The Indian position on the issue of sedition

The Daily Guardian

It is sometimes claimed in popular discourse that the Constituent Assembly was dead set against the inclusion of sedition as a restriction on free speech and expression, and therefore, it is argued that the presence of Section 124A of the IPC penalising sedition is an insult to the intent of the framers of the Constitution. However, no credible explanation is offered by the proponents of this school of thought as to what explains the continued presence of Section 124A, which, it can be safely presumed, the framers of the Constitution were aware of when the draft predecessors Article 19 and its limitations were being debated and put together in and by the Constituent Assembly.

It would help to go a few steps before the Constituent Assembly and take a look at the evolution of Indian thought on sedition before we allow pre-conceived notions to dictate the course of our opinions. Let’s start with the 33rd Session of the Indian National Congress held in 1918 wherein the following Resolution on the right to self-determination was moved by Annie Besant and unanimously adopted:

“BE IT RESOLVED

1. That this Congress claims recognition of India by the British Parliament and by the Peace Conference as one of the progressive Nations to whom the principle of Self-Determination should be applied.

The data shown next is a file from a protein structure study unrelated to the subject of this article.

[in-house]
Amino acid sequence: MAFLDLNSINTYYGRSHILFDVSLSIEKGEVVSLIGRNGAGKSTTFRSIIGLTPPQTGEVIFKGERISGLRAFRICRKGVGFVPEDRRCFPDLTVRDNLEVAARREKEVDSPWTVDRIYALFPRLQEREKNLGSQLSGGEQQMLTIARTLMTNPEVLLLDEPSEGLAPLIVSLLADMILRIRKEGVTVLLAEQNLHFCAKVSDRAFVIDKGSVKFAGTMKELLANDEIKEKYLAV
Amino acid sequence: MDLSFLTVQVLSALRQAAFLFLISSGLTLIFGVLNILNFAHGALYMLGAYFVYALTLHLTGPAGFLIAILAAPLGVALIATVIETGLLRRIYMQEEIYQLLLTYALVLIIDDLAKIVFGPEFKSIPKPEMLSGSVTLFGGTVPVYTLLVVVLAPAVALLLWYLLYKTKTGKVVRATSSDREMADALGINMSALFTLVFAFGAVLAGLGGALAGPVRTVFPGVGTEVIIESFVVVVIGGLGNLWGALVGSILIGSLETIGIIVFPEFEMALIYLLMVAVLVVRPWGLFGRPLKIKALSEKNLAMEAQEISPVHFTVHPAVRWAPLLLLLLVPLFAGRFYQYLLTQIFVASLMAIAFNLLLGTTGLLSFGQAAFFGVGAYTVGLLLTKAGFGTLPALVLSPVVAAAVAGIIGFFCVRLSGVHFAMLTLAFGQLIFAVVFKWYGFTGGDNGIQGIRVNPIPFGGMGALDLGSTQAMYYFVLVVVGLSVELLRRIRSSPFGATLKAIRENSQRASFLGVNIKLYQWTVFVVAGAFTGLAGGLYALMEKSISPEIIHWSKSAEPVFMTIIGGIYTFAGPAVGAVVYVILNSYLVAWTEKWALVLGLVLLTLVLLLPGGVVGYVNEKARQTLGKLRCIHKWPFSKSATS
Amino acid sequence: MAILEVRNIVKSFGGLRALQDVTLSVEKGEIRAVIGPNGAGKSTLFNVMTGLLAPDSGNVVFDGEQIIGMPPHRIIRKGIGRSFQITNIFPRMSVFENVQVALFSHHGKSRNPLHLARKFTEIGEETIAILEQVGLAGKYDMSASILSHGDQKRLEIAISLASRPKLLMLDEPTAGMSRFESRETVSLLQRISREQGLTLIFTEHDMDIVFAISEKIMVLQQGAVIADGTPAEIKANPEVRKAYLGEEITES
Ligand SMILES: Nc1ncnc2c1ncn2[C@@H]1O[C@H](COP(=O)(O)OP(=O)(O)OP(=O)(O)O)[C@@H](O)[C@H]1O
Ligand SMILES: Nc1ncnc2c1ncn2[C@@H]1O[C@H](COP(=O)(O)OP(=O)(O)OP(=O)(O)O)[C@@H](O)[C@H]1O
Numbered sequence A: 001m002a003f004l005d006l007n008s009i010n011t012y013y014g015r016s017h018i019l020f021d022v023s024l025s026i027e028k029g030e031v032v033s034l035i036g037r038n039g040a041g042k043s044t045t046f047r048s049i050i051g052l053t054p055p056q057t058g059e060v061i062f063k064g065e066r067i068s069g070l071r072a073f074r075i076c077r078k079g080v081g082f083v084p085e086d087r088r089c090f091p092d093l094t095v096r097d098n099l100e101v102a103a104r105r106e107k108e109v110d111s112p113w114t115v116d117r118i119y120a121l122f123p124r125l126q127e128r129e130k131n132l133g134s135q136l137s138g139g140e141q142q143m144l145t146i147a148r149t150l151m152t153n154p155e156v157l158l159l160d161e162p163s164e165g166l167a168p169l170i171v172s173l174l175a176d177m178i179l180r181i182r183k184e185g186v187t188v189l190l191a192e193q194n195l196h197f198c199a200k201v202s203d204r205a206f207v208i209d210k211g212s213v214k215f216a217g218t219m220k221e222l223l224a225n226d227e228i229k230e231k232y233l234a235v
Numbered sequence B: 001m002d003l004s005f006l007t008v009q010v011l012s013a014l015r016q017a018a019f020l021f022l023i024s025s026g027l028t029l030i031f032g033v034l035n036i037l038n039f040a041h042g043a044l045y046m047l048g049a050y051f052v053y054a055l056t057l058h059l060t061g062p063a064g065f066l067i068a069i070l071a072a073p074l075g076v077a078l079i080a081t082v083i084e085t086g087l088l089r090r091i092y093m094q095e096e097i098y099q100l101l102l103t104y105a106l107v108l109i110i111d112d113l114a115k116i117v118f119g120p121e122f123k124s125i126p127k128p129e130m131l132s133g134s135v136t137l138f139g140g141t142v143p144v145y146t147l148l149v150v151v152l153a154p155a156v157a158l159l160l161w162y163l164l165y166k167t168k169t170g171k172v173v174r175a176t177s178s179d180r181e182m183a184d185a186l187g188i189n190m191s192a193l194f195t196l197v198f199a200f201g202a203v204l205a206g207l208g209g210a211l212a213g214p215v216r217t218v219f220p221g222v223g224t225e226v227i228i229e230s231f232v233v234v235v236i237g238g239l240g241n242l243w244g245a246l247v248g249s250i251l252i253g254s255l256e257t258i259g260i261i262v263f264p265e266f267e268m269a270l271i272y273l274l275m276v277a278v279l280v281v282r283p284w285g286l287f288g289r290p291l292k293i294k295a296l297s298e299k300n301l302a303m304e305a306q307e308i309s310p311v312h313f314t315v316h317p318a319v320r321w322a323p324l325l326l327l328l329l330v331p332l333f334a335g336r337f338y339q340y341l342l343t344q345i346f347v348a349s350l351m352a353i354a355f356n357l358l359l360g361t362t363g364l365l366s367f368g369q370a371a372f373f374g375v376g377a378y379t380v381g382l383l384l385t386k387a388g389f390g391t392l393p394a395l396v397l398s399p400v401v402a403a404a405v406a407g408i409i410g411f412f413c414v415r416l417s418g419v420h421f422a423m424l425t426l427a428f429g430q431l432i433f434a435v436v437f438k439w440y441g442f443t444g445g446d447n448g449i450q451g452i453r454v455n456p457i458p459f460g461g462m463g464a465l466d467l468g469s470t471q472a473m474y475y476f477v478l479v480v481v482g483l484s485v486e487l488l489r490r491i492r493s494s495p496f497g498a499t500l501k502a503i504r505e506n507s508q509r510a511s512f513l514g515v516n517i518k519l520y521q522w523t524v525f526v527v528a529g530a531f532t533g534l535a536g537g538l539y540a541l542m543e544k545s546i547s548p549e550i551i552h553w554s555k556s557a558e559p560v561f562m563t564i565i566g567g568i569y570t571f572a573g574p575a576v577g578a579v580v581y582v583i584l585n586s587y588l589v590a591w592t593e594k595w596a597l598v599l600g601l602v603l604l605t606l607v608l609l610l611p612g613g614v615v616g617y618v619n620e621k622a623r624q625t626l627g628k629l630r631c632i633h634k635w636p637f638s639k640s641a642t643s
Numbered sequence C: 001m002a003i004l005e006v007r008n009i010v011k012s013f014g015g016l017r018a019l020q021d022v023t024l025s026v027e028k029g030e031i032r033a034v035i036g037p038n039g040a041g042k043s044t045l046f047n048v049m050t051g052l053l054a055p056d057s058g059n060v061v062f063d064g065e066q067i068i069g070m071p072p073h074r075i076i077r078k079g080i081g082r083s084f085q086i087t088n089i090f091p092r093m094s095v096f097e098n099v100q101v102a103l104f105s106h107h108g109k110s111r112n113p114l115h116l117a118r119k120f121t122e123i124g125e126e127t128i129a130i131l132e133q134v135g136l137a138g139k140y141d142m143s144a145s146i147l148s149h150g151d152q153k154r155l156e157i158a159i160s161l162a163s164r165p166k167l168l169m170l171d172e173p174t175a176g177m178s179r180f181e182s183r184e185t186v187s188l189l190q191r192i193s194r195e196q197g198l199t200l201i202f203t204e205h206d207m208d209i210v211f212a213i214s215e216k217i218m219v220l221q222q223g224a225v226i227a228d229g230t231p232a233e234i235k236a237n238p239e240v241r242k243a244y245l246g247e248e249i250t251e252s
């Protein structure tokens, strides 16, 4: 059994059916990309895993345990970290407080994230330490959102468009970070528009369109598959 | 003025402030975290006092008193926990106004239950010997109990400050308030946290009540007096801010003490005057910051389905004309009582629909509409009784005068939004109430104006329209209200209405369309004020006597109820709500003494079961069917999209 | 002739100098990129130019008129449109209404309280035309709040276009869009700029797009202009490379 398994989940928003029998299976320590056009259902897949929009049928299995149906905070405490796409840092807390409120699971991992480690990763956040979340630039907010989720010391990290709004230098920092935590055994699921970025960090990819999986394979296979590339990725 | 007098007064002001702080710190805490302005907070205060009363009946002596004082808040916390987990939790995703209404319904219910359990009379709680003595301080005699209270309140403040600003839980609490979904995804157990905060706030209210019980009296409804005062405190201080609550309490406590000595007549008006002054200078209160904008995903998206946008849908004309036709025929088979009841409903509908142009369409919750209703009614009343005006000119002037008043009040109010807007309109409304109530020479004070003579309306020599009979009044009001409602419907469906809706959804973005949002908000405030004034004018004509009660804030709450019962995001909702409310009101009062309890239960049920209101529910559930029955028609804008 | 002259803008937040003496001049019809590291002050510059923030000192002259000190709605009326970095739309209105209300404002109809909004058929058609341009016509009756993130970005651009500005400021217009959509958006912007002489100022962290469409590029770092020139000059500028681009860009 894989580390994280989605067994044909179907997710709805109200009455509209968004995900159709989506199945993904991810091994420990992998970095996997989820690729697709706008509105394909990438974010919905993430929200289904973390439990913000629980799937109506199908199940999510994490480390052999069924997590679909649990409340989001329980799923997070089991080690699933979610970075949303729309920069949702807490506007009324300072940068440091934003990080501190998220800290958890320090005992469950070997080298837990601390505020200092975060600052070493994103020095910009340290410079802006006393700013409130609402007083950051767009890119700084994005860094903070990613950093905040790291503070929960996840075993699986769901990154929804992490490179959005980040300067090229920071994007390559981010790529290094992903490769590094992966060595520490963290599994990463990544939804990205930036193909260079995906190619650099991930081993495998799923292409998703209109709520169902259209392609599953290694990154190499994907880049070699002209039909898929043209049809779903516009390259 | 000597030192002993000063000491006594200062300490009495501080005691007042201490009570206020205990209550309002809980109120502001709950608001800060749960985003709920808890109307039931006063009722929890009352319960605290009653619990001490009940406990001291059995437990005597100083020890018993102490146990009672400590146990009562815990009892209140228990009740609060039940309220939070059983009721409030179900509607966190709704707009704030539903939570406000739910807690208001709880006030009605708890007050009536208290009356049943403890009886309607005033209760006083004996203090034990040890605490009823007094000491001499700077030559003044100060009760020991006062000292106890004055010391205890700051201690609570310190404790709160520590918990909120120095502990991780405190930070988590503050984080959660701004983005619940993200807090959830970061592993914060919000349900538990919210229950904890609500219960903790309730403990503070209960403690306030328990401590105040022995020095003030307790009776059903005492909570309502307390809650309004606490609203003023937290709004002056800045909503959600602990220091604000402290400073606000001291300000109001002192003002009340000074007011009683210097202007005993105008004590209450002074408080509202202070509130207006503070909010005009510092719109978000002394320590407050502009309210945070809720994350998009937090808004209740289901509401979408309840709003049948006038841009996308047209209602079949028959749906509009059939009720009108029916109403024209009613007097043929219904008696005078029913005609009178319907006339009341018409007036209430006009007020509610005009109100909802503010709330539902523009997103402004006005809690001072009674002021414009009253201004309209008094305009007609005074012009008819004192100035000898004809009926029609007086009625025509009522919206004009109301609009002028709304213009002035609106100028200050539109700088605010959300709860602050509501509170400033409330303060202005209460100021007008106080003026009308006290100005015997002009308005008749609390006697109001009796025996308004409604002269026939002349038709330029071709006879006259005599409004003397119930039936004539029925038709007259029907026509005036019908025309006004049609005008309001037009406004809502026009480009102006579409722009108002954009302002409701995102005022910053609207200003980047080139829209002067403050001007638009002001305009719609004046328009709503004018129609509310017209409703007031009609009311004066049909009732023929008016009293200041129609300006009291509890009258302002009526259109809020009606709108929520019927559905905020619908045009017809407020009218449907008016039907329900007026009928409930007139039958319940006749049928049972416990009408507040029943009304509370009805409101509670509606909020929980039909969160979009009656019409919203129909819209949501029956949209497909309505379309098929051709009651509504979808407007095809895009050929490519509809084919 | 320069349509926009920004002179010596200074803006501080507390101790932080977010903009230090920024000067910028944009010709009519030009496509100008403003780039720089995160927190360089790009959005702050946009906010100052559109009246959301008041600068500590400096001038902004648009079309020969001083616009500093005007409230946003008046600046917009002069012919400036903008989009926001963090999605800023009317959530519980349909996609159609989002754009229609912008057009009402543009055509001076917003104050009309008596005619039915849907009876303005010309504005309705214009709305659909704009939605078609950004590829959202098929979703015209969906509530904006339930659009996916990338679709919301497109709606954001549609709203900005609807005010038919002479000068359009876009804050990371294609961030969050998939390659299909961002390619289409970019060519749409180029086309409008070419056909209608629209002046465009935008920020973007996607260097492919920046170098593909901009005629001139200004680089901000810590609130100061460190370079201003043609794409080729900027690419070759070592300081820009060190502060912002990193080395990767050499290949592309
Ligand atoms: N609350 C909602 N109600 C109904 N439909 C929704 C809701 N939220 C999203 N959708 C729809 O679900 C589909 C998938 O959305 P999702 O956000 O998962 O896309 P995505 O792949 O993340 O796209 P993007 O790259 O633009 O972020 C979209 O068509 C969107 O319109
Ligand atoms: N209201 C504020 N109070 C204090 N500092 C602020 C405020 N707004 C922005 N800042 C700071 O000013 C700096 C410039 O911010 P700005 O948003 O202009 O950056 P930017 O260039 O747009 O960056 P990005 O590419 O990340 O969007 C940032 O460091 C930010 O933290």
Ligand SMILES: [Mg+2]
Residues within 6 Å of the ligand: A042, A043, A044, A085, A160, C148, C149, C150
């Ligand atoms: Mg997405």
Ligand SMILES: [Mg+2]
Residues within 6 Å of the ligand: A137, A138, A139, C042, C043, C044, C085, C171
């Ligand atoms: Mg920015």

2. That in the practical application of the principle in India the first step should be —

(a) the removal of all hindrances to free discussion, and therefore the immediate repeal of all laws, regulations and ordinances restricting the free discussion of political questions whether in the press, private or public meeting, or otherwise, so that the legitimate aspirations and opinion of all residents in India may be fearlessly expressed; further, the abolition of the laws, regulations, and ordinances, which confer on the Executive the power to arrest, detain, intern, extern, or imprison any British subject in India, outside the processes of ordinary civil or criminal law, and the assimilation of the law of sedition to that of England.

(b) The passing of an Act of Parliament which will establish at an early date complete Responsible Government in India.

(c) When complete Responsible Government shall be thus established, the final authority in all internal affairs shall be the Supreme Legislative Assembly as voicing the will of the Indian Nation.

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